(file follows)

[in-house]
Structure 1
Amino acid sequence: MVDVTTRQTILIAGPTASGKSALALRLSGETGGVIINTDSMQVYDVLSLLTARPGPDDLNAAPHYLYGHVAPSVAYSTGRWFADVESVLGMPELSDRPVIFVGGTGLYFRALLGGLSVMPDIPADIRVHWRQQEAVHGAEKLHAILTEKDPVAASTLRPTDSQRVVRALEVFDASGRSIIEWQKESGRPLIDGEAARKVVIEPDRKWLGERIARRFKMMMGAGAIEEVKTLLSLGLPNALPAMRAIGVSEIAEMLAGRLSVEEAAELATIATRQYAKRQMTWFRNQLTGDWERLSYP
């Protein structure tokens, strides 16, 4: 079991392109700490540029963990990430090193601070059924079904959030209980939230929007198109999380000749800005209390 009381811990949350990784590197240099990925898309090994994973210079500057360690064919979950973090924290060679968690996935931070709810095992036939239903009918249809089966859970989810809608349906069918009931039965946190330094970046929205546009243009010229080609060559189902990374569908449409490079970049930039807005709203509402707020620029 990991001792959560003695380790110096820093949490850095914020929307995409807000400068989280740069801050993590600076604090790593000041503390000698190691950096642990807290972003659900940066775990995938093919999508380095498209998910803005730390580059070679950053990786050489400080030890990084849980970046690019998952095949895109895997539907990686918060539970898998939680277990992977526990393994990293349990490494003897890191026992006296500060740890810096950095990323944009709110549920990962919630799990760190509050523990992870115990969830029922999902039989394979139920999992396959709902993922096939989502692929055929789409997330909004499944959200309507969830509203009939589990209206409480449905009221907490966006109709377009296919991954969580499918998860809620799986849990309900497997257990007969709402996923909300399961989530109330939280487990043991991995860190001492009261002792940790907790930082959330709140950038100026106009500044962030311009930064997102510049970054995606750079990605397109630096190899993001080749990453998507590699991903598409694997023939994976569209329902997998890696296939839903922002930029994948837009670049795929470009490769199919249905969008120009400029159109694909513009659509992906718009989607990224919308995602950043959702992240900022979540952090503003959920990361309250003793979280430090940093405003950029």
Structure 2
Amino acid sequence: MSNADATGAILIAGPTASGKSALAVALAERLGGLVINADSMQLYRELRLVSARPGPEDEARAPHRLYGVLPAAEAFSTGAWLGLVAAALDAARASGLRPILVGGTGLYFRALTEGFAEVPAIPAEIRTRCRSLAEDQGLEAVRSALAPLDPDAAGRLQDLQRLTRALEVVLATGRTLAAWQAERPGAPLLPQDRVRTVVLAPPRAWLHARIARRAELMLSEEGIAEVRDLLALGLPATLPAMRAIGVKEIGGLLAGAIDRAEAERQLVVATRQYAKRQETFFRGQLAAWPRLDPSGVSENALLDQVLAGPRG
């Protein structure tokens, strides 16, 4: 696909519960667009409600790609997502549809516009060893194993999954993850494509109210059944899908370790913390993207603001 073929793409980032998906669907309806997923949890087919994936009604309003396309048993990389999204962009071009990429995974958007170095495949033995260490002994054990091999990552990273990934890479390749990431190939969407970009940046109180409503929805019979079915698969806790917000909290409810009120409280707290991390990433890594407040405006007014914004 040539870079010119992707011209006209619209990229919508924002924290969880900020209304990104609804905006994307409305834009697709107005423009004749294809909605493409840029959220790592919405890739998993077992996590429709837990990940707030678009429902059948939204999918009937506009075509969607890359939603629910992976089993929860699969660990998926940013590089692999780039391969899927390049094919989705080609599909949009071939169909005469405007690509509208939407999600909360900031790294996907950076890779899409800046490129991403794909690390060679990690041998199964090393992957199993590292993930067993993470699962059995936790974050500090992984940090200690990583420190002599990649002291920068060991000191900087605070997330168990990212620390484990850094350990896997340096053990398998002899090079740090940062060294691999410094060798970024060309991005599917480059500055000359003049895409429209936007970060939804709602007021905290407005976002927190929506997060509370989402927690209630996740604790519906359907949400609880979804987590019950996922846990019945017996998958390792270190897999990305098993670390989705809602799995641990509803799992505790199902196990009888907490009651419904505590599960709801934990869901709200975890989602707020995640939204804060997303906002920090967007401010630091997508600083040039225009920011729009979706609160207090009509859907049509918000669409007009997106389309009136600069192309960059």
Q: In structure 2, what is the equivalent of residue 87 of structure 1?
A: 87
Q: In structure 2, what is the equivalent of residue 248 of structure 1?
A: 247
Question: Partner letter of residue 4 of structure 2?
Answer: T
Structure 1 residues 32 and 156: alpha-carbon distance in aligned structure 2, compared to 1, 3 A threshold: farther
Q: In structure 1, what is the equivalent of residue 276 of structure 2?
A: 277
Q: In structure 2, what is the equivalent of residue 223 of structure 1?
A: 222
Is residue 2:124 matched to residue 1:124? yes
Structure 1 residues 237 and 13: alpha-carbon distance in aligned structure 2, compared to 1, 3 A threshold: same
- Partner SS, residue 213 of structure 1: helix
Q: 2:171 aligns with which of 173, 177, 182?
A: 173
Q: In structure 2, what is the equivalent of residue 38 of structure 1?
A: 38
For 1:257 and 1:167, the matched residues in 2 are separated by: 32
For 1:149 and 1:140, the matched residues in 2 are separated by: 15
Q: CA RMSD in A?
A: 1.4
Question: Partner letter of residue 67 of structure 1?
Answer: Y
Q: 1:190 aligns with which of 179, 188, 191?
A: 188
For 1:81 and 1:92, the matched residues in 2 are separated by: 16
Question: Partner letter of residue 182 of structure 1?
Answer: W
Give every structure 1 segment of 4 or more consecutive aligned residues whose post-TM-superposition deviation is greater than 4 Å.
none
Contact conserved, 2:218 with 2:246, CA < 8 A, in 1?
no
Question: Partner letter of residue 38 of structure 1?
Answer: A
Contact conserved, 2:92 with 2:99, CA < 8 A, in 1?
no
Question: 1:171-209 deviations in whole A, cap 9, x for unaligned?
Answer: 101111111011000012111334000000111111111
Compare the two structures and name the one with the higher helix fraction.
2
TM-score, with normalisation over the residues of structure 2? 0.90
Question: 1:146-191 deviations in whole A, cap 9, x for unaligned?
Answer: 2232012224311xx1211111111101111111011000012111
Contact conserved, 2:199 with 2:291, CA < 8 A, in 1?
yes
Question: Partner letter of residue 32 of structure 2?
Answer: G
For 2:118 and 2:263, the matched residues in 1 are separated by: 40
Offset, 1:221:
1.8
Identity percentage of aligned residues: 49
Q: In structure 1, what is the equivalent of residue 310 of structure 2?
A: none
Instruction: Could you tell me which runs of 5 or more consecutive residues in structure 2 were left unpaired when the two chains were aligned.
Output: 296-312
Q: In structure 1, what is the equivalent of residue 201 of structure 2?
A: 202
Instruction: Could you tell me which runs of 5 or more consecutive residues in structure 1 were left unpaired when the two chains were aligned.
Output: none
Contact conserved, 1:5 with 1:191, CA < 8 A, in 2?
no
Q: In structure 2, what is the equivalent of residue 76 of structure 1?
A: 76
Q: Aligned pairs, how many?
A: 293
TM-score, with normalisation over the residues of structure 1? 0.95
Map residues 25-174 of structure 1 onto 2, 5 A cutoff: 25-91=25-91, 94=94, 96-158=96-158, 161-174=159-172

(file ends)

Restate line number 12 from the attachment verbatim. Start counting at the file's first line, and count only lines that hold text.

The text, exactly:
Question: Partner letter of residue 4 of structure 2?